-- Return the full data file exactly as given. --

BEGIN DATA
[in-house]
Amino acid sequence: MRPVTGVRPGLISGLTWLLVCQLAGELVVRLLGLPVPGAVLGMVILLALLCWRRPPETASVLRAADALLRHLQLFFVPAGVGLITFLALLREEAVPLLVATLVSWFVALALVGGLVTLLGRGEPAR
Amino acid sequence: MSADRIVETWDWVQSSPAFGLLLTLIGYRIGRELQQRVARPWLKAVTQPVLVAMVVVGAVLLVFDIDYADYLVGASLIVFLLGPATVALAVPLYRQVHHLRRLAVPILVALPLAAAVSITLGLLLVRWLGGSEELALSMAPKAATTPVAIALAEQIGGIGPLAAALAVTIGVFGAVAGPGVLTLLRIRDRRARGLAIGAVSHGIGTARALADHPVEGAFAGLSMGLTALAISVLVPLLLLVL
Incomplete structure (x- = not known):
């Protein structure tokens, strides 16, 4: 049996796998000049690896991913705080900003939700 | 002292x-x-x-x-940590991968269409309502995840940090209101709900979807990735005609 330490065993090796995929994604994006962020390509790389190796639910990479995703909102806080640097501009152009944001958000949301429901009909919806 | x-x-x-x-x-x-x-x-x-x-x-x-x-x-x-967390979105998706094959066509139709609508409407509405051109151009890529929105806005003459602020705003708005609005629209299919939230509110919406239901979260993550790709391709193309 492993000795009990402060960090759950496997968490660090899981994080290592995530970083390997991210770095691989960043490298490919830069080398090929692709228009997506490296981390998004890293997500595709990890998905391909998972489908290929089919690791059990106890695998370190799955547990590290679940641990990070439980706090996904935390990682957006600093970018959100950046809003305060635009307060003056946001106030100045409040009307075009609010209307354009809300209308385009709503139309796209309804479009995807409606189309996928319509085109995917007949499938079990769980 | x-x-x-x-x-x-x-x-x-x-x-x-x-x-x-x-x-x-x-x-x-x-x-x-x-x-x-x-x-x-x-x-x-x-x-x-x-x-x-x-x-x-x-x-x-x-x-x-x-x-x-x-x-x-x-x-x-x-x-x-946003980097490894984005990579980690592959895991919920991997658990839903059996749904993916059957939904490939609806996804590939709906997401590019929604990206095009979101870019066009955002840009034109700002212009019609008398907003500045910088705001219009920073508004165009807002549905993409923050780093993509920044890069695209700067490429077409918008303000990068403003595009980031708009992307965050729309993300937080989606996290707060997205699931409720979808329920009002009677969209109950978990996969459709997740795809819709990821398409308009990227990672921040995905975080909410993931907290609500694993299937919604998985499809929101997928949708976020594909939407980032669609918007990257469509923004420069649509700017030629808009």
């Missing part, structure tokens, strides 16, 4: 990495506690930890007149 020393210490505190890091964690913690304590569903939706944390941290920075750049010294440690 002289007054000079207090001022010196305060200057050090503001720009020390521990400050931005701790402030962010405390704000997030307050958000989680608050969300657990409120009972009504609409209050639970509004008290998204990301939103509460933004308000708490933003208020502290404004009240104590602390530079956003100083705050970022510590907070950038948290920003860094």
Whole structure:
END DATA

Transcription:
[in-house]
Amino acid sequence: MRPVTGVRPGLISGLTWLLVCQLAGELVVRLLGLPVPGAVLGMVILLALLCWRRPPETASVLRAADALLRHLQLFFVPAGVGLITFLALLREEAVPLLVATLVSWFVALALVGGLVTLLGRGEPAR
Amino acid sequence: MSADRIVETWDWVQSSPAFGLLLTLIGYRIGRELQQRVARPWLKAVTQPVLVAMVVVGAVLLVFDIDYADYLVGASLIVFLLGPATVALAVPLYRQVHHLRRLAVPILVALPLAAAVSITLGLLLVRWLGGSEELALSMAPKAATTPVAIALAEQIGGIGPLAAALAVTIGVFGAVAGPGVLTLLRIRDRRARGLAIGAVSHGIGTARALADHPVEGAFAGLSMGLTALAISVLVPLLLLVL
Incomplete structure (x- = not known):
């Protein structure tokens, strides 16, 4: 049996796998000049690896991913705080900003939700 | 002292x-x-x-x-940590991968269409309502995840940090209101709900979807990735005609 330490065993090796995929994604994006962020390509790389190796639910990479995703909102806080640097501009152009944001958000949301429901009909919806 | x-x-x-x-x-x-x-x-x-x-x-x-x-x-x-967390979105998706094959066509139709609508409407509405051109151009890529929105806005003459602020705003708005609005629209299919939230509110919406239901979260993550790709391709193309 492993000795009990402060960090759950496997968490660090899981994080290592995530970083390997991210770095691989960043490298490919830069080398090929692709228009997506490296981390998004890293997500595709990890998905391909998972489908290929089919690791059990106890695998370190799955547990590290679940641990990070439980706090996904935390990682957006600093970018959100950046809003305060635009307060003056946001106030100045409040009307075009609010209307354009809300209308385009709503139309796209309804479009995807409606189309996928319509085109995917007949499938079990769980 | x-x-x-x-x-x-x-x-x-x-x-x-x-x-x-x-x-x-x-x-x-x-x-x-x-x-x-x-x-x-x-x-x-x-x-x-x-x-x-x-x-x-x-x-x-x-x-x-x-x-x-x-x-x-x-x-x-x-x-x-946003980097490894984005990579980690592959895991919920991997658990839903059996749904993916059957939904490939609806996804590939709906997401590019929604990206095009979101870019066009955002840009034109700002212009019609008398907003500045910088705001219009920073508004165009807002549905993409923050780093993509920044890069695209700067490429077409918008303000990068403003595009980031708009992307965050729309993300937080989606996290707060997205699931409720979808329920009002009677969209109950978990996969459709997740795809819709990821398409308009990227990672921040995905975080909410993931907290609500694993299937919604998985499809929101997928949708976020594909939407980032669609918007990257469509923004420069649509700017030629808009």
């Missing part, structure tokens, strides 16, 4: 990495506690930890007149 020393210490505190890091964690913690304590569903939706944390941290920075750049010294440690 002289007054000079207090001022010196305060200057050090503001720009020390521990400050931005701790402030962010405390704000997030307050958000989680608050969300657990409120009972009504609409209050639970509004008290998204990301939103509460933004308000708490933003208020502290404004009240104590602390530079956003100083705050970022510590907070950038948290920003860094």
Whole structure: